CareNow® - February 22, 2024

Antibiotics have changed the way we treat so many bacterial infections. In fact, either you or someone in your family has likely been prescribed an antibiotic to help fight off an illness. From strep throat to sinus infections to ear infections, this medication can help reduce the length of symptoms and get you back to feeling like yourself quickly.

If you’re curious about how antibiotics actually work and when you might benefit from taking them, keep reading. We’re breaking down everything you need to know about antibiotics, including when they don’t work.

How Do Antibiotics Work?

Antibiotics are like warriors that battle bacteria in your body. Here's a simple breakdown of how they work:

  1. Wall breakers: Imagine bacteria having a protective wall. Antibiotics like penicillins and cephalosporins act like wrecking balls, smashing that wall and causing the bacteria to burst.
  2. Protein interference: Bacteria need proteins to survive and grow. Antibiotics such as tetracyclines and macrolides disrupt the production of these proteins, essentially throwing a wrench into the bacteria's machinery.
  3. DNA/RNA blockers: Some antibiotics, like fluoroquinolones, target the genetic material (DNA or RNA) of bacteria. The bacteria can't replicate or survive without their genetic instructions.
  4. Metabolic roadblocks: Bacteria run on specific pathways for energy. Antibiotics like sulfonamides create roadblocks in these pathways, cutting off their energy supply and hindering bacterial survival.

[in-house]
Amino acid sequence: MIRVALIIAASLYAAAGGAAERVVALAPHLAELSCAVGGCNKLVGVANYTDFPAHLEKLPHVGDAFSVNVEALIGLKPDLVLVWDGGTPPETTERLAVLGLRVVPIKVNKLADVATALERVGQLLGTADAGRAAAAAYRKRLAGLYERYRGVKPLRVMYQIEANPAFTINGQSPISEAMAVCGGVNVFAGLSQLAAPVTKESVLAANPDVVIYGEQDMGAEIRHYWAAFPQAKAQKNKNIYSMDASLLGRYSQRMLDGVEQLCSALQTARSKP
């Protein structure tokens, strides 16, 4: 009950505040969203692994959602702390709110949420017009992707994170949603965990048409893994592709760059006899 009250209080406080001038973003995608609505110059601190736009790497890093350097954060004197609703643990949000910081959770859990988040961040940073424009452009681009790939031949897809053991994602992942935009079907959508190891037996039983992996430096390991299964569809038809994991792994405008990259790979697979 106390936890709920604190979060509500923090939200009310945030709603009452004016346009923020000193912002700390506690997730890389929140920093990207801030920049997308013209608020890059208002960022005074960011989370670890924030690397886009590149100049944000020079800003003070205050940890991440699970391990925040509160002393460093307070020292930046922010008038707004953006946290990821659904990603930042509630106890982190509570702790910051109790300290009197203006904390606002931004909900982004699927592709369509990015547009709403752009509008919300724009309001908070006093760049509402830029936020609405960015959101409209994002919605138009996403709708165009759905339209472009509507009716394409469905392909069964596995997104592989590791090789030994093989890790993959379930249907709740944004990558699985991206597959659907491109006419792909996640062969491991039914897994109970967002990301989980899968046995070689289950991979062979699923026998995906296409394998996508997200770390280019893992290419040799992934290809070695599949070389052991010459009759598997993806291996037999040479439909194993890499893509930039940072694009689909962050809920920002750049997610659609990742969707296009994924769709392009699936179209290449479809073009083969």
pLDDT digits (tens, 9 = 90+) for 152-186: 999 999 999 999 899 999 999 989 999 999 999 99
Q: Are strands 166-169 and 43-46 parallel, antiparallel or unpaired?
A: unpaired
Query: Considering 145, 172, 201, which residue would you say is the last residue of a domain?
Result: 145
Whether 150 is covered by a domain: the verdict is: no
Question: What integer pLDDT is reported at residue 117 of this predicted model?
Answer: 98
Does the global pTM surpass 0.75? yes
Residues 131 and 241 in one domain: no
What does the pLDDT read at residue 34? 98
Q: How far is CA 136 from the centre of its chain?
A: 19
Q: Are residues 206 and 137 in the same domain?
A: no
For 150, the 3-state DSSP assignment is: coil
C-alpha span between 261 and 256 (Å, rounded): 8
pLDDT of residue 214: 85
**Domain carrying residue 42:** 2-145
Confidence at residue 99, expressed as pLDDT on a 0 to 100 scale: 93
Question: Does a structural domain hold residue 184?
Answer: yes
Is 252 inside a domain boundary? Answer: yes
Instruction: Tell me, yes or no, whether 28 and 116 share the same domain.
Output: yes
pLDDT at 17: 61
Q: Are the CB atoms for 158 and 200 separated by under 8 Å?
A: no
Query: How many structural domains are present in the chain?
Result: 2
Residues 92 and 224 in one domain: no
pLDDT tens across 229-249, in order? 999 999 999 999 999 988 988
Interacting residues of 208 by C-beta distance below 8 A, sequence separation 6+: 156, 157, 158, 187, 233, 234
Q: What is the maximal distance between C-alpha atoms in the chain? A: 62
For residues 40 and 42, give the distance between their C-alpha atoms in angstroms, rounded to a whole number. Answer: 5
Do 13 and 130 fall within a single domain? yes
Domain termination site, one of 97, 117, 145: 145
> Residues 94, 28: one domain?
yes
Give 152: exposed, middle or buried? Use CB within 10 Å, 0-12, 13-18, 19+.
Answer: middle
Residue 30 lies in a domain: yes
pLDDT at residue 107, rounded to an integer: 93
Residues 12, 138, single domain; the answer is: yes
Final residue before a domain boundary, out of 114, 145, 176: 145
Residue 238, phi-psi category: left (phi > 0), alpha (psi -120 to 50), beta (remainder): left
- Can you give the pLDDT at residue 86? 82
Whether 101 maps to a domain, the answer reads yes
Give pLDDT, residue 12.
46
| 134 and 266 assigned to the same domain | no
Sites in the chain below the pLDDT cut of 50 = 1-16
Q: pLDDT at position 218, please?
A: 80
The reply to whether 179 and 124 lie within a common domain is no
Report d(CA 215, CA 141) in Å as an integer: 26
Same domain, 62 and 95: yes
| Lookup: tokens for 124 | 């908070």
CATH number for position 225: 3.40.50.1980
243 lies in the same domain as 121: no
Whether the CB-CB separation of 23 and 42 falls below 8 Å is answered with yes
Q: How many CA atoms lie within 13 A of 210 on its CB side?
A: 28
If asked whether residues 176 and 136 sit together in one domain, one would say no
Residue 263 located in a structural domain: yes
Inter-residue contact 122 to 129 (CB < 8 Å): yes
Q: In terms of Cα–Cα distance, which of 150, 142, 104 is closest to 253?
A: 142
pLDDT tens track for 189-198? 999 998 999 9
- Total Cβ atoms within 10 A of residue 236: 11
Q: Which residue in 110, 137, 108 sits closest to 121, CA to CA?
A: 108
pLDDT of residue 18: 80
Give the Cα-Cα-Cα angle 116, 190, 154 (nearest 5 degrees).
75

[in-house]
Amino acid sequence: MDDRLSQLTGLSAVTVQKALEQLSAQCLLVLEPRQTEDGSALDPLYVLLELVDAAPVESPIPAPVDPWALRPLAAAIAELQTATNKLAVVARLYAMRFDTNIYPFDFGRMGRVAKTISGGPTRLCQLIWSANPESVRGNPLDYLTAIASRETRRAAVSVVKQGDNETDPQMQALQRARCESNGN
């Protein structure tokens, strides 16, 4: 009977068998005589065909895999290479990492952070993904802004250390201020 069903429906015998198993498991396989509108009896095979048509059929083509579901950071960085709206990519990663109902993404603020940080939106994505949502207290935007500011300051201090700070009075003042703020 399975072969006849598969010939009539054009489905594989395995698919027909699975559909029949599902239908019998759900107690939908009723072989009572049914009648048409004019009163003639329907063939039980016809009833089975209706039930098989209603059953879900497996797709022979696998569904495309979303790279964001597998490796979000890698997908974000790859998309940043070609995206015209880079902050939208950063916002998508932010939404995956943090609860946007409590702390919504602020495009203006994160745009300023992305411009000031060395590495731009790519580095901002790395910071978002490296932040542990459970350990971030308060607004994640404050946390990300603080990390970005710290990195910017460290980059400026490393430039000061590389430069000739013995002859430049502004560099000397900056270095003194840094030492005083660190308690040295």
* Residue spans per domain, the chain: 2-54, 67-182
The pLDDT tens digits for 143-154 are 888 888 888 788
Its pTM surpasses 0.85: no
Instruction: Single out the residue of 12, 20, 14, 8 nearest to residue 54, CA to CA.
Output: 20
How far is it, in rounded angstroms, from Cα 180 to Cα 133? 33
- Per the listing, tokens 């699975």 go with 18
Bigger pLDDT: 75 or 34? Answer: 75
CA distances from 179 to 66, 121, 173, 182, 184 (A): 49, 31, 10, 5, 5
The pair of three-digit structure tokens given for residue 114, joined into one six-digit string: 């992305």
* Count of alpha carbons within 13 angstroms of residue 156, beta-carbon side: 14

What Are Antibiotics For?

Antibiotics are medications designed to combat bacterial infections by either killing the bacteria or inhibiting their growth. They specifically target bacteria and aren't effective against viruses.

Overuse or misuse of antibiotics can contribute to antibiotic resistance for not only yourself but for the larger community as well so it's important that you use them only when necessary.

Antibiotics should only be taken as prescribed by a healthcare professional, and the full course should be completed even if symptoms improve so that the medication can fully take effect.

How Long Does It Take Antibiotics to Work?

In most cases, antibiotics will begin to take effect as soon as you start taking them. However, you might not experience relief for up to three days. The length of time it takes for antibiotics to begin working depends heavily on the type of infection you’re treating.

While you may begin feeling better within a few days of taking medication, you should always complete the entire prescribed dosage to guarantee your infection resolves completely. If you feel you need to stop taking your antibiotics for any reason, consult with your medical provider.

Do Antibiotics Work for Upper Respiratory Infections?

Antibiotics are effective against bacterial infections, not viral ones. While they can be prescribed for bacterial infections like strep throat, ear infections, and bacterial sinus infections, they are completely ineffective against viruses. Most upper respiratory infections, including coughs, colds, sore throats, bronchitis and sinus infections, are viral. If you suspect a viral infection, consult a medical provider for guidance on symptom relief.